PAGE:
domingo, 23 de octubre de 2011

Lauren Weber: Austeridad

I grew up in Connecticut with a father who rationed toilet paper, set the thermostat at 50 degrees during the winter, and rarely used his car’s turn signals (to prevent them from burning out). After years of complaining about my dad’s behavior, I turned into him – and realized he was on to something. Combining my personal beliefs about frugality with my background as a financial journalist, I wrote my first book, In Cheap We Trust: The Story of a Misunderstood American Virtue (Little, Brown and Co., 2009).

I came to journalism at the relatively advanced age of 29, after stints as a non-profit administrator, self-defense instructor, and popsicle entrepreneur. In 1994, I graduated from Wesleyan University with a degree in history and women’s studies and then moved to Seattle, where I worked for a small Robinhood-type foundation: We raised money from wealthy individuals and gave it to organizations that were fighting for social and economic justice.

I moved to New York City in 1999 and set up house in my grandmother’s old apartment in Queens, the same sixth-floor apartment where my mother grew up (my father grew up two floors down, in the same building). I started a popsicle company called Chilly Girl Pops, and, after grossing about $83, quickly realized that I’m not the entrepreneurial type. So instead I enrolled in the business journalism program at Baruch College, part of the City University of New York.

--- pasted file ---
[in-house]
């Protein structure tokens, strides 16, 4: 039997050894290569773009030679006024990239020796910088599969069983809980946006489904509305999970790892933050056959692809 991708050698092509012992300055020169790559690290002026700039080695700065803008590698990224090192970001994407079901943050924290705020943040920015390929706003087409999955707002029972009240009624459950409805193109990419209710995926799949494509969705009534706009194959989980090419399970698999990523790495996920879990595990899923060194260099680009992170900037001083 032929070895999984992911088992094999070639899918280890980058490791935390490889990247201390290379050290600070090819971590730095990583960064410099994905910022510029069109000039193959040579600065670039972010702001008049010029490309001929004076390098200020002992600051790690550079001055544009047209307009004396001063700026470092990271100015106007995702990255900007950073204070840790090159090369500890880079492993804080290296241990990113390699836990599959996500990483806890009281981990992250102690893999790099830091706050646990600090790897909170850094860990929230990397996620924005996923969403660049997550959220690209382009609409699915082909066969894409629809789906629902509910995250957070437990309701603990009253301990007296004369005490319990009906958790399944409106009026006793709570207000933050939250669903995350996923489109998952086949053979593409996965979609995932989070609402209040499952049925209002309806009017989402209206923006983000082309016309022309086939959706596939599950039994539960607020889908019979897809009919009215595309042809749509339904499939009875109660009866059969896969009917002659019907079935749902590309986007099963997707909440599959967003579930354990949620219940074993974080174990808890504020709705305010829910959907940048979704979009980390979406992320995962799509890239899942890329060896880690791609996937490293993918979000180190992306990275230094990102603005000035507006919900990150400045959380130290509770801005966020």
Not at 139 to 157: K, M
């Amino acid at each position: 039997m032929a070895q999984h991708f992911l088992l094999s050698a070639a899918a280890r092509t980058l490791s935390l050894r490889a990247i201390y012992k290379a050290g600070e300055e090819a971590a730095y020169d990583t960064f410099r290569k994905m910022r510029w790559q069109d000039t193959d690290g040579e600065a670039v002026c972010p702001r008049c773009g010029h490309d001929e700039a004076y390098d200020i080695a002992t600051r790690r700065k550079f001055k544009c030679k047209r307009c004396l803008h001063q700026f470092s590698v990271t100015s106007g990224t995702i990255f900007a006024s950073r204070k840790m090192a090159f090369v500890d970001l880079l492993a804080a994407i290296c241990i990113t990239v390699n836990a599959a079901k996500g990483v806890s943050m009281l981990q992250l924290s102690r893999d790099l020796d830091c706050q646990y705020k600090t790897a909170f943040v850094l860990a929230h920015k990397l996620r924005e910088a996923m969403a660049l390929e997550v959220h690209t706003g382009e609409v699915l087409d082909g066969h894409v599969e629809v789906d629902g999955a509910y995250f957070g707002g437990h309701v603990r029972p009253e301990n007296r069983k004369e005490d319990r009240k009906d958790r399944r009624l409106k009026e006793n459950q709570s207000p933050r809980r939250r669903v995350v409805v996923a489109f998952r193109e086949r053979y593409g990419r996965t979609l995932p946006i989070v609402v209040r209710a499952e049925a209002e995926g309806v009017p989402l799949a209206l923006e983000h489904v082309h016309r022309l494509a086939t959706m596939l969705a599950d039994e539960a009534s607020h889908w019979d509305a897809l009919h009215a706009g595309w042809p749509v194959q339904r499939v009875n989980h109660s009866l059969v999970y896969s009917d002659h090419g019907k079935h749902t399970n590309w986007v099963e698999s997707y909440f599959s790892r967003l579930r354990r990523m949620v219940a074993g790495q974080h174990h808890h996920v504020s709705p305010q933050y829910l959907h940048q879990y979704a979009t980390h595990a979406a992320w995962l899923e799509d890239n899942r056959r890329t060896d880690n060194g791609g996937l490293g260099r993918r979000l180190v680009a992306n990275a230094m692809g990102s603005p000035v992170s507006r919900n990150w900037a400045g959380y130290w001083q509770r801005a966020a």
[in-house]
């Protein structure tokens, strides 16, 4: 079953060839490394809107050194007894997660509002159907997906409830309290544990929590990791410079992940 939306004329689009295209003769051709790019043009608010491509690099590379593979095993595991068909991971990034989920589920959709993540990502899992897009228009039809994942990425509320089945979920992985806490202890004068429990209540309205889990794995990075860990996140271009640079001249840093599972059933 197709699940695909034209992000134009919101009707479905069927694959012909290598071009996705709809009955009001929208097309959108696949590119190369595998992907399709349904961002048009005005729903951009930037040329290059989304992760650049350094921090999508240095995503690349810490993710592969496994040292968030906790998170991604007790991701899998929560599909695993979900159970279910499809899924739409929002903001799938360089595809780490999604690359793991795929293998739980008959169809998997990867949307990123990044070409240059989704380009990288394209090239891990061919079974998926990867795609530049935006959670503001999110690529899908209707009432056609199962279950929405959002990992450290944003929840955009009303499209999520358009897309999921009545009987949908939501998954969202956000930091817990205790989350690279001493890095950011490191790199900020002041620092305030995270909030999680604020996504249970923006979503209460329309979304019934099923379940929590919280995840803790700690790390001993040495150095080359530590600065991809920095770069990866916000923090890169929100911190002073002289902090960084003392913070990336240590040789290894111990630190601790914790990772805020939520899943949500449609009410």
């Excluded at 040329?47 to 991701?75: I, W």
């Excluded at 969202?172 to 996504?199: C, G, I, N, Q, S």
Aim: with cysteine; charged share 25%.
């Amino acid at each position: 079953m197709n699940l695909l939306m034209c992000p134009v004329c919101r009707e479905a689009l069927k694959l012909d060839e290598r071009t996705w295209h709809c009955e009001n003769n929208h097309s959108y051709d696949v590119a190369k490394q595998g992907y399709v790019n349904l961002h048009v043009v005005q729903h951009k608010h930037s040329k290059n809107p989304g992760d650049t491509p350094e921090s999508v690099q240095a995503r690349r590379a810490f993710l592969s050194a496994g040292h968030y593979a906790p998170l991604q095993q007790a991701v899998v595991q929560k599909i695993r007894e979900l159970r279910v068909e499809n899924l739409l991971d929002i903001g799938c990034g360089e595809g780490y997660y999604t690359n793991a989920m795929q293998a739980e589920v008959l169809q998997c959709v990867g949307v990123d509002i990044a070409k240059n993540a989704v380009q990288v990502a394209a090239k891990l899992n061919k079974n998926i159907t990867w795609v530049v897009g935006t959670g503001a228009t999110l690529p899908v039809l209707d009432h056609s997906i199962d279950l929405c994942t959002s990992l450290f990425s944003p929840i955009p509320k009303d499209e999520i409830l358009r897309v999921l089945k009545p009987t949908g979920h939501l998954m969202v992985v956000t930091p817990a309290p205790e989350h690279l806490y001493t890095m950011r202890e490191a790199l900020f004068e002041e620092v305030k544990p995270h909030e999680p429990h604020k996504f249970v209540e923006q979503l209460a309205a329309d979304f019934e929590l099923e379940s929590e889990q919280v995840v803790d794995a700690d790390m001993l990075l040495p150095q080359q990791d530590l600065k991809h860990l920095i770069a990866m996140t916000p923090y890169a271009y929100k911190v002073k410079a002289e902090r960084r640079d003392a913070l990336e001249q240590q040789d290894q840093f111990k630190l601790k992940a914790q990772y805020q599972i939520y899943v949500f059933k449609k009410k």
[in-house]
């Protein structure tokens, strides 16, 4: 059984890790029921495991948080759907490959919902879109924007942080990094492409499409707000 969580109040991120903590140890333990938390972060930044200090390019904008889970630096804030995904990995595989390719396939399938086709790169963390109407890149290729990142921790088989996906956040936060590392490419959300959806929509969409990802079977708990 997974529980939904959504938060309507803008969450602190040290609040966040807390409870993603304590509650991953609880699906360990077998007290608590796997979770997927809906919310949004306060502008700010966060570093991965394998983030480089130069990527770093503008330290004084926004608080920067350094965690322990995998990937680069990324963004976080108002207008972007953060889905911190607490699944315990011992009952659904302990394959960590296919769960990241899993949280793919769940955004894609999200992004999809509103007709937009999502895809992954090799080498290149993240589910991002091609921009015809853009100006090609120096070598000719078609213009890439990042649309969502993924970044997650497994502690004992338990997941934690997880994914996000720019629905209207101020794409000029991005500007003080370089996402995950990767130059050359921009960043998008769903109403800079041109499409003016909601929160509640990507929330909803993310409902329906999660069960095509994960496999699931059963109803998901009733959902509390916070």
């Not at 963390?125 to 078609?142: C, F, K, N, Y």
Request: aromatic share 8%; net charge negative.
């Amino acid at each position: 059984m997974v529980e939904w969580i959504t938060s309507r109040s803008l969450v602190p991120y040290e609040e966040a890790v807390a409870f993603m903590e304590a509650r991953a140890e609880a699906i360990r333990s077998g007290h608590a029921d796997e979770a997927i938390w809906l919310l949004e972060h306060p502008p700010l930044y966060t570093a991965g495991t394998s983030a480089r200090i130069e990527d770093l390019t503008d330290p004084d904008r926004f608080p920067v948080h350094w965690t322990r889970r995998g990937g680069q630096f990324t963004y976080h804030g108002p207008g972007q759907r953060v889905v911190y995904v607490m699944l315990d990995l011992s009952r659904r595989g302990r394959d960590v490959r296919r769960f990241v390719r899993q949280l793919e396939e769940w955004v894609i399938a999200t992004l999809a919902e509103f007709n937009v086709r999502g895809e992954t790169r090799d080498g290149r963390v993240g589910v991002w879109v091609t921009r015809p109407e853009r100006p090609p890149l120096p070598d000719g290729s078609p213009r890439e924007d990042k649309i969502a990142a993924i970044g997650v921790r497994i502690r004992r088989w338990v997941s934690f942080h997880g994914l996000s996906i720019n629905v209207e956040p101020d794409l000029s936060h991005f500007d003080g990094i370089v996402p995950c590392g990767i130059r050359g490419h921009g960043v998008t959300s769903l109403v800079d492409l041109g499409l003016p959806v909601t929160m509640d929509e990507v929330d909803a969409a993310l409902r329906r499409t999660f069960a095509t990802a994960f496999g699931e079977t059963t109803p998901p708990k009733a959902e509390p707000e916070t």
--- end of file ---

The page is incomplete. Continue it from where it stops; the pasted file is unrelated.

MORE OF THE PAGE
I received my master’s degree from Baruch in 2002, and went to work as a business reporter at Reuters. After two years there, I moved to Newsday, the daily newspaper serving Long Island and New York City. During the 2006-2007 academic year, I was a Knight-Bagehot fellow at Columbia University, which gave me the opportunity to study at Columbia’s Graduate School of Business. There, I earned about half of an MBA (though I dodged the corporate finance class).

In addition to my staff reporting jobs, I’ve also written for the New York Times, Los Angeles Times, American Banker, and other publications.

Since 2007, I’ve been working on my book full-time and trying to live as cheaply as possible.

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